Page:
Jarnail Singh Bhindranwale
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Jarnail Singh Bhindranwale

Jarnail Singh Bhindranwale (1947-1984) was a prominent Sikh Leader and the 14th Jathedar of the Sikh religious organisation Damdami Taksal. He was a devout supporter of the 1973 Anandpur Sahib Resolution and urged Sikhs to maintain their religious identity. He gained popularity after the clash between Sant Nirankaris and Akhand Kirtani Jatha on 13 April 1978 in Amritsar and though, he never contested elections and participated directly in politics, he became the most important person in Punjab in the early 1980s. He urged Sikhs to stand up to injustice and claim justice themselves by all means. Operation Blue Star was conducted in 1984 to remove him and his followers from the Golden Temple Complex, which resulted in his death.

Wiki/Biography

Jarnail Singh Brar was born on 2 June 1947 in the Rode village, Moga (then-Faridkot) district, Punjab, India. He attended school in his village; however, he dropped out of school at the age of 11 to work with his father at his farm.

Physical Appearance

Height (approx.): 5′ 10″

Hair Colour: Black

Eye Colour: Brown

Jarnail Singh Bhindranwale physical appearance

Family

He belonged to a middle-class Punjabi Jat Sikh family.

Parents & Siblings

His father’s name was Joginder Singh Brar and his mother’s name was Nihal Kaur. His father was a farmer and a local Sikh leader. He had 6 brothers and 1 sister, and he was the youngest of all. His brother, Captain Harcharan Singh Rode served in the Indian Army and fought in the Indo-Pakistani War of 1965.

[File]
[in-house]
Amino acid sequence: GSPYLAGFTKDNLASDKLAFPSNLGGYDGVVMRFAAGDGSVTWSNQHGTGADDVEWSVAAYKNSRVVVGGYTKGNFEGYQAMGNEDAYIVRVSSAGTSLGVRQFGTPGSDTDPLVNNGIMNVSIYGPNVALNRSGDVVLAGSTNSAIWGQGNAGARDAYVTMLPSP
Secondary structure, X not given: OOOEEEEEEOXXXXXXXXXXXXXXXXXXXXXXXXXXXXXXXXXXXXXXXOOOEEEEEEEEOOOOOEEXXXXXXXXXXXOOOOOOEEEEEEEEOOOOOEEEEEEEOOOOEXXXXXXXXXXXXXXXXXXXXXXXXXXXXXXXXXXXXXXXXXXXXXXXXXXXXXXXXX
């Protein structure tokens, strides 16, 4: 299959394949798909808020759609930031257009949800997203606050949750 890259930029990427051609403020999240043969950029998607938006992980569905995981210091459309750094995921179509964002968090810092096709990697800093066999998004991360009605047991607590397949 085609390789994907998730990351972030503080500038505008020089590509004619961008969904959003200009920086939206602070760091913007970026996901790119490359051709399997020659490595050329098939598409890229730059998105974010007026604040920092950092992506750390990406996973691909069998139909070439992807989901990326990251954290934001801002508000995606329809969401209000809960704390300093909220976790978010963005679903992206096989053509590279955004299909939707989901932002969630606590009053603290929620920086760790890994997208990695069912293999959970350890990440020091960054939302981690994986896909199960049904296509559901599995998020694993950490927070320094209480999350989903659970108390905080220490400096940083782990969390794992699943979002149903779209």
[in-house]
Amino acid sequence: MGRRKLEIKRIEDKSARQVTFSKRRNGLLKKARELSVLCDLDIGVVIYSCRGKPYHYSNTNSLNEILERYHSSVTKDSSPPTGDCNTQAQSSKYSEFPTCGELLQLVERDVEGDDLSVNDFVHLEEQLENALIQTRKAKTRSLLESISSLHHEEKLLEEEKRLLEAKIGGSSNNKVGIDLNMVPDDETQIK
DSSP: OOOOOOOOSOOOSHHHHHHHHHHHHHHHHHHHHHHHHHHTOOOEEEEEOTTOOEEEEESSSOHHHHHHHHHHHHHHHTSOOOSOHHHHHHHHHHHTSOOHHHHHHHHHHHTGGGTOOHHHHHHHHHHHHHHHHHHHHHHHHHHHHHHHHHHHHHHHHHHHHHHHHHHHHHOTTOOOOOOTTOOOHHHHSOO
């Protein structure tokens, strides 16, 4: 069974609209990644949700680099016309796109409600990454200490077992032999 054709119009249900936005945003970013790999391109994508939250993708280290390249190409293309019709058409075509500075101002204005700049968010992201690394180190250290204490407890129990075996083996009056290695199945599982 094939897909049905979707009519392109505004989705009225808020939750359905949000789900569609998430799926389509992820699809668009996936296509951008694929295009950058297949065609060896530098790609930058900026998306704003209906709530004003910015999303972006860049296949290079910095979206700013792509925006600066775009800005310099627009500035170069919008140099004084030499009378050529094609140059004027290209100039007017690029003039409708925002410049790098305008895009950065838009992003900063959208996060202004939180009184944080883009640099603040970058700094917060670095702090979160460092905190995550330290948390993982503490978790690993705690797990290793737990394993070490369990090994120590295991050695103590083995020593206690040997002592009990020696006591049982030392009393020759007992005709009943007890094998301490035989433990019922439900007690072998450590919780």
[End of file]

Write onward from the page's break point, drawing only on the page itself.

Wife & Children

Jarnail Singh married Pritam Kaur, the daughter of Sucha Singh of Bilaspur village in Moga at the age of nineteen. He had two sons, Ishar Singh and Inderjit Singh. After his death in 1984, his wife along with her sons moved to Bilaspur village to live with her brother. She died on 15 September 2007 in Jalandhar at the age of sixty.

Jarnail Singh Bhindranwale with his wife and 2 sons

Jarnail Singh Bhindranwale with his wife and 2 sons

Religious Views

He was the 14th Jathedar of the Damdami Taksal, an important Sikh organization, directly related to Baba Deep Singh. He urged Sikhs to give up alcohol, drugs, and pornography, study religious books, and live simple life. He conducted many religious congregations all over India. He urged Sikhs to taste Amrit, keep uncut hair and beard, wear knee-length Kurta and keep Kirpan.

Caste

He belonged to the Brar caste, a Jat Sikh caste mainly found in Punjab.

Introduction to Damdami Taksal and His rise as its Leader